Yet another anti-LGBT gaffe: why are Japanese MPs so out of touch with modern society?
- Katsuei Hirasawa warned the ‘nation would collapse’ if everyone embraced the LGBT lifestyle
- Hirasawa later tried to walk back the comments, saying they had been made in the context of Japan’s problem with an ageing population
A senior member of Japan’s ruling Liberal Democratic Party has attracted criticism for declaring the “nation would collapse” if everyone was LGBT, the latest in a long line of polarising comments by senior politicians.
The remarks late last week by 74-year-old Katsuei Hirasawa, to a crowd in Yamanashi Prefecture, in central Japan, indicate just how out of touch older generations of politicians are with modern-day Japan, analysts say.
More worrying, they point out, is that they seem to have been emboldened to make outrageous comments because the media and society no longer seem to hold them as accountable as they would have in years gone by.
Hirasawa told a meeting that he did not “understand” moves by a number of local governments to recognise same-sex marriages, adding: “Criticising LGBT people would create problems, but if everyone became like them then a nation would collapse.”
Hirasawa – who previously served as head of the LDP’s public relations operations – later tried to walk back the comments, saying they had been made in the context of Japan’s problem with an ageing population and the need to encourage young people to have more children.
The damage had been done, however, and contributors to Japanese internet chat rooms were stinging in their criticisms.
“Utter idiot. Incredible that such fools can get elected,” wrote one contributor to the Japan Today website. Another added: “Such a logic-free statement, you wonder how the guy can even get through the day.” A third commented: “The LDP, as out of touch and out of their minds as ever.”
Hirasawa’s verbal faux pas came just days after the Asahi newspaper named in an editorial the winners of its “abusive language award” of 2018. The left-of-centre broadsheet gave its unofficial award to two other LDP members.
Taro Aso, the finance minister and deputy prime minister, was one winner after he defended a vice finance minister against charges of sexual harassment towards a female reporter, declaring that “There is no crime called sexual harassment” and suggesting instead that the government official had been “framed”.
Aso shared the award with Mio Sugita, an LDP member of the Lower House of the Diet who wrote in a magazine article that same-sex couples should not be eligible for government assistance because they are “unproductive” members of society.
“You can’t take this sort of comment personally because it makes absolutely no sense and instead just shows how out of touch these people are,” said Alexander Dmitrenko, a lawyer in the Tokyo office of the Freshfields Bruckhaus Deringer law firm and a member of the Lawyers for LGBT Allies Network.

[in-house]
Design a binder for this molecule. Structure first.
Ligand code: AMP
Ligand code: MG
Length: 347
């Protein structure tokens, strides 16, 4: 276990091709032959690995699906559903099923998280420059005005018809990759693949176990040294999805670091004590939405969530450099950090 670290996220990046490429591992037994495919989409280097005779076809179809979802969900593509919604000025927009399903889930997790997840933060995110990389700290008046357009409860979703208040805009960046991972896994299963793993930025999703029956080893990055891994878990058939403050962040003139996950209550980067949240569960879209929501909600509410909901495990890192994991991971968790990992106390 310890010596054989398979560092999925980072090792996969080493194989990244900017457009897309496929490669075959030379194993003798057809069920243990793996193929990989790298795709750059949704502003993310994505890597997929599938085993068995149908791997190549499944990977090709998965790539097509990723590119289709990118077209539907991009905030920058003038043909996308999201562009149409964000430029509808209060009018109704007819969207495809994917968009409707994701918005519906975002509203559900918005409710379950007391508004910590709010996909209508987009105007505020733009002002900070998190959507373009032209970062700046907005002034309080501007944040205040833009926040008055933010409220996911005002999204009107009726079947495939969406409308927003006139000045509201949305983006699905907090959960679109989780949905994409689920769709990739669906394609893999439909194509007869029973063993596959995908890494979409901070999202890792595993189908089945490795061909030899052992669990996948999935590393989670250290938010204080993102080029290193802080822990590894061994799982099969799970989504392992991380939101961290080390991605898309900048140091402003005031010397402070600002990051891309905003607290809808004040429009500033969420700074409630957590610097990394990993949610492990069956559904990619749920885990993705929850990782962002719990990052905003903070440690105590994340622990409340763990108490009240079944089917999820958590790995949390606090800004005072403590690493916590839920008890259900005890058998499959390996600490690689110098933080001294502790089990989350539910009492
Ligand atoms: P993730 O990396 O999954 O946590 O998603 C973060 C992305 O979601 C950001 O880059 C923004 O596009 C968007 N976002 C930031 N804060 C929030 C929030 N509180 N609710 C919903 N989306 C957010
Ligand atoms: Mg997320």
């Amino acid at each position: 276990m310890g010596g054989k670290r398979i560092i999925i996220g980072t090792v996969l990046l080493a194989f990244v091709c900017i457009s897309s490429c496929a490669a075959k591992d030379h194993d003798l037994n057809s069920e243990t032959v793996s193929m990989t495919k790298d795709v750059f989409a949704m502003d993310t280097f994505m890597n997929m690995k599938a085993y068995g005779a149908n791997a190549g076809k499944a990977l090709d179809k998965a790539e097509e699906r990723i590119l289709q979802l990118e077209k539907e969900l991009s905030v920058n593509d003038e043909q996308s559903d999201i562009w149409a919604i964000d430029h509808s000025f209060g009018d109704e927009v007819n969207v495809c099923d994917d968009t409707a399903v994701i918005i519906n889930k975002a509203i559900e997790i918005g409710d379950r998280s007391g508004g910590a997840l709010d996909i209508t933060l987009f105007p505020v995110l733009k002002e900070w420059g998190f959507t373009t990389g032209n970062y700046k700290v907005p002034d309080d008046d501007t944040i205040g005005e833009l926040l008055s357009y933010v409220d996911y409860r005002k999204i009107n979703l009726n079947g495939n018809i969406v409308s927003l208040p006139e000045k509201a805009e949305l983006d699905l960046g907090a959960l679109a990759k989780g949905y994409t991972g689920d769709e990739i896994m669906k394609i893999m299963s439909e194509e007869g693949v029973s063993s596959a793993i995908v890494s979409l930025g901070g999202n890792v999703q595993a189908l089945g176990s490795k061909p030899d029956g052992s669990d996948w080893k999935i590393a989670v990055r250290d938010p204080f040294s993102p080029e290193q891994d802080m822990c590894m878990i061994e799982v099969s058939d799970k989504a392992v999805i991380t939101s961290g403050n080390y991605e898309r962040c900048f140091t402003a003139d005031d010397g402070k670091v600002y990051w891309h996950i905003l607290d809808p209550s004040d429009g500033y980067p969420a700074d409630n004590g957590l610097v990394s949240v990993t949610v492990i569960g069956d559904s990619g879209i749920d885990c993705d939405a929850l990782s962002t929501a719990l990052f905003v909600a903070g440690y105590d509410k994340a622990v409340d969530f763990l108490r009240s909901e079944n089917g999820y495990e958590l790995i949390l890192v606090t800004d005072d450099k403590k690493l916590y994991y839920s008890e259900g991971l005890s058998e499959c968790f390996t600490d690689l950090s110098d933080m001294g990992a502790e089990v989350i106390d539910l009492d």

“Bigotry like this comes from a lack of education and, simply, not enough awareness of LGBT Issues in Japan. They are demonstrating a lack of understanding of how reality functions.”
Dmitrenko pointed out that Hirasawa had been re-elected to the Diet eight times but never been given a cabinet portfolio, a failing widely attributed to his habit of saying the wrong thing.
“These are the attitudes of older, male members of the party and those of the ‘new right’ who are not satisfied with having their own opinion on issues, but want to be vocal and silence other opinions on our society,” said Makoto Watanabe, an associate professor of media and communications at Hokkaido Bunkyo University.
“LGBT rights was not an issue 50 years ago so someone like Hirasawa has no understanding of the matter and instead falls back on the old values of the far right. He has simply stopped thinking.”
Watanabe pointed out that in the past, politicians have resigned for a bad decision or a poorly worded comment – such as Yoshiro Mori, who stepped down in 2001 in part due to his decision to continue a round of golf after hearing that a fisheries research vessel had been sunk off Hawaii by a US submarine. Nine people died in the accident.
“I think our society has changed since then,” Watanabe said. “The media has been weakened and cannot hold these people accountable, while so many people have no interest in politics.
“And as Aso and Sugiyama were not pressured to step down, I think it is very unlikely that Hirasawa will be forced to resign. And that is extremely worrying because it shows them that they can say pretty much anything and there is no accountability.”